A Master Printer

Over on TOP, here part1, and part 2. A two part article by the Photographer, Peter Turnley.

From the press release:
"Today, Mike Johnstonʼs The Online Photographer (TOP), a photography news and
discussion website for photographers, has published a significant original article. Itʼs a
profile of Voja Mitrovic (“Voja” is pronounced “Voya”), the darkroom master who printed
for Cartier-Bresson, Koudelka, Sebastiao Salgado, Werner Bischof, René Burri, Marc
Riboud, Robert Doisneau, Edouard Boubat, Man Ray, Helmut Newton, Raymond Depardon,
Bruno Barbey, Jean Gaumy, Frederic Brenner, Max Vadukul, and Peter Lindbergh
to name a few."

The descriptions of the compexities of B&W printing are wonderful, and as usual, the commentary is very good.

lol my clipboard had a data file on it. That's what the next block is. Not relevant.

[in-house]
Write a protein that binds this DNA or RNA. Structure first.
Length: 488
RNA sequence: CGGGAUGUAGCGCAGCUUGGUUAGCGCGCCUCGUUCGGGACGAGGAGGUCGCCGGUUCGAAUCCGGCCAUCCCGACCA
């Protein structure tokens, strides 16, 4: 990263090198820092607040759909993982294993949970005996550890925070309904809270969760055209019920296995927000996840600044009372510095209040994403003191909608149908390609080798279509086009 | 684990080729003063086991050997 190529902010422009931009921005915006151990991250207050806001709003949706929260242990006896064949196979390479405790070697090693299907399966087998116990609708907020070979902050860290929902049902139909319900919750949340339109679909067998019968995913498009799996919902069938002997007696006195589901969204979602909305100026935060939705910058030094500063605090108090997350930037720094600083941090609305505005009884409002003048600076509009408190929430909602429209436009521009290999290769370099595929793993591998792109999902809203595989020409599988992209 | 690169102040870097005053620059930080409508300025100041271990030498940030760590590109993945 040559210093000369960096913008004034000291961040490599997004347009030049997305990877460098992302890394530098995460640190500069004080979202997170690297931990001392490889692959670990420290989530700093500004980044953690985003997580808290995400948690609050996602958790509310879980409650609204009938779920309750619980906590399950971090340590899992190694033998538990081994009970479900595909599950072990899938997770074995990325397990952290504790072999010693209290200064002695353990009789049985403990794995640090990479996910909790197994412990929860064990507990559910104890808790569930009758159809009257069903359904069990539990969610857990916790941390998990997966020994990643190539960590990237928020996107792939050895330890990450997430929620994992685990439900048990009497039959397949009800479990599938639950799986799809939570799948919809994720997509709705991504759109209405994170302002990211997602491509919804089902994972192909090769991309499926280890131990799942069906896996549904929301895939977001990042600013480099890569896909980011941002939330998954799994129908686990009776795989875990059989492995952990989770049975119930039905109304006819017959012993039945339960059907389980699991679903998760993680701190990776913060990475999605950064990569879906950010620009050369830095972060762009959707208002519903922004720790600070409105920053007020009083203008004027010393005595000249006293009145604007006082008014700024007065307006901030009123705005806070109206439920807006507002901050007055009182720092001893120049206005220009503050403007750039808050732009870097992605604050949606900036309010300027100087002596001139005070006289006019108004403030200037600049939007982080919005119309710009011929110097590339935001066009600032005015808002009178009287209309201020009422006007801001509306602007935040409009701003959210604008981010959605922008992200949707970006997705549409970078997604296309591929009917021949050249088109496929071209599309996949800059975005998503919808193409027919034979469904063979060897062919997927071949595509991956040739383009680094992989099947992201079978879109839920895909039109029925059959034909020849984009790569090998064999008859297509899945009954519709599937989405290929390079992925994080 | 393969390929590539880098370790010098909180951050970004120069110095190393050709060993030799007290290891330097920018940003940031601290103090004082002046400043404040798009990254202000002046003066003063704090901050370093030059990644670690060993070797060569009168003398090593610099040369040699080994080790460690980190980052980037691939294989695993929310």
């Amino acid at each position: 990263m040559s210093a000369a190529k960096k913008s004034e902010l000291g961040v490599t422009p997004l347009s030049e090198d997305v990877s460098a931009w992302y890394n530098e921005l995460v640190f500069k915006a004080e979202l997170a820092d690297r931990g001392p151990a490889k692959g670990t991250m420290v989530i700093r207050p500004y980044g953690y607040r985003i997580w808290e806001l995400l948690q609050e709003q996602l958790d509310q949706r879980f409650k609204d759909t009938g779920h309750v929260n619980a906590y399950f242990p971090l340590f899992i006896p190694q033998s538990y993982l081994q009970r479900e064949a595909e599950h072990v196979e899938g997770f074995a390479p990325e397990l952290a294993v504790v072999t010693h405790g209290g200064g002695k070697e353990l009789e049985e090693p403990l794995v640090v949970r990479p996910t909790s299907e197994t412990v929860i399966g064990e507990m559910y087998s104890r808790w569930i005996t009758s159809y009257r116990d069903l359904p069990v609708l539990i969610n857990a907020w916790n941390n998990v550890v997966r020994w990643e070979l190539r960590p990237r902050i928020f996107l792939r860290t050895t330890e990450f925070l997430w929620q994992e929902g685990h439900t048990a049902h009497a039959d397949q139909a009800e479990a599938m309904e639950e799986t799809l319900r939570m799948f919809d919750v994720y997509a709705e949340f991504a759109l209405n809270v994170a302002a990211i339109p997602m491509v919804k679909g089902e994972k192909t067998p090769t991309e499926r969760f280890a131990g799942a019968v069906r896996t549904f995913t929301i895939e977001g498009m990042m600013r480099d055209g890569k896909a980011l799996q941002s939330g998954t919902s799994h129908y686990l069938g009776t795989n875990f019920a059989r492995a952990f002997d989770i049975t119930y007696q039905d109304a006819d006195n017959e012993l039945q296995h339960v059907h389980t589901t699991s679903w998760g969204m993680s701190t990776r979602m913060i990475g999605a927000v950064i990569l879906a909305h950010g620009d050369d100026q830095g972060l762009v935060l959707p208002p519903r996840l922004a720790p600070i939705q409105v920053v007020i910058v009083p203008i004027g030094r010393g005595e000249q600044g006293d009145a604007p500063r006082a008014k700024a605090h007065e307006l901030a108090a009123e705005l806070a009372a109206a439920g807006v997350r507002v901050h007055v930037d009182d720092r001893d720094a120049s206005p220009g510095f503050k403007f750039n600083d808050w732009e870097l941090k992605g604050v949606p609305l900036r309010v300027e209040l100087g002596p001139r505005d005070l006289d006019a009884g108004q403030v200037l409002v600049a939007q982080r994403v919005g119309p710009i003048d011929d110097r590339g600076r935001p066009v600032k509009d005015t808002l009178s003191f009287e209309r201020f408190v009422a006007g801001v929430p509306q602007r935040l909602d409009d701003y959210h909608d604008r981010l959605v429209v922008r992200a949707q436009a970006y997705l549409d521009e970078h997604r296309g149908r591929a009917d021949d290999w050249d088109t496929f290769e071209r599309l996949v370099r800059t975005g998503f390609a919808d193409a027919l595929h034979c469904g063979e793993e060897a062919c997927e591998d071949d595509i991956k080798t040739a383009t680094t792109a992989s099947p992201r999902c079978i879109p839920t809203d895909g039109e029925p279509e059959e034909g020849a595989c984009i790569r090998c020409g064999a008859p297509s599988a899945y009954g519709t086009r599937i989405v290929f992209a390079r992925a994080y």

In my youth I spent a lot of time in wet darkrooms, so I have a lot of respect for the skills involved.


A new design?

A new design, sort of a curled leaf pattern, but also based on the stylization of the various patterns sometimes called after the painter, Childe Hassam.

These are another pair of the "Hassam" style frames; flat panels, a geometric quality to the moldings, with relatively simple patterns, though some get elaborate, with carved patterns on various steps of the molding. All three are "organic" in basis, though the middle is very stylized.

The top image, with it's burnished gold areas, is what I was striving for, though I'm not sure that that is that great.

The idea will never work if it isn't turned into something actual, and it may fail, or not. Time, a little time is needed. For me, the process of making something, the need to focus on the physical, makes it difficult for me to see with a clear and critical eye about a design, though there is a clear, critical eye about the technical aspects. Aesthetic vs technical.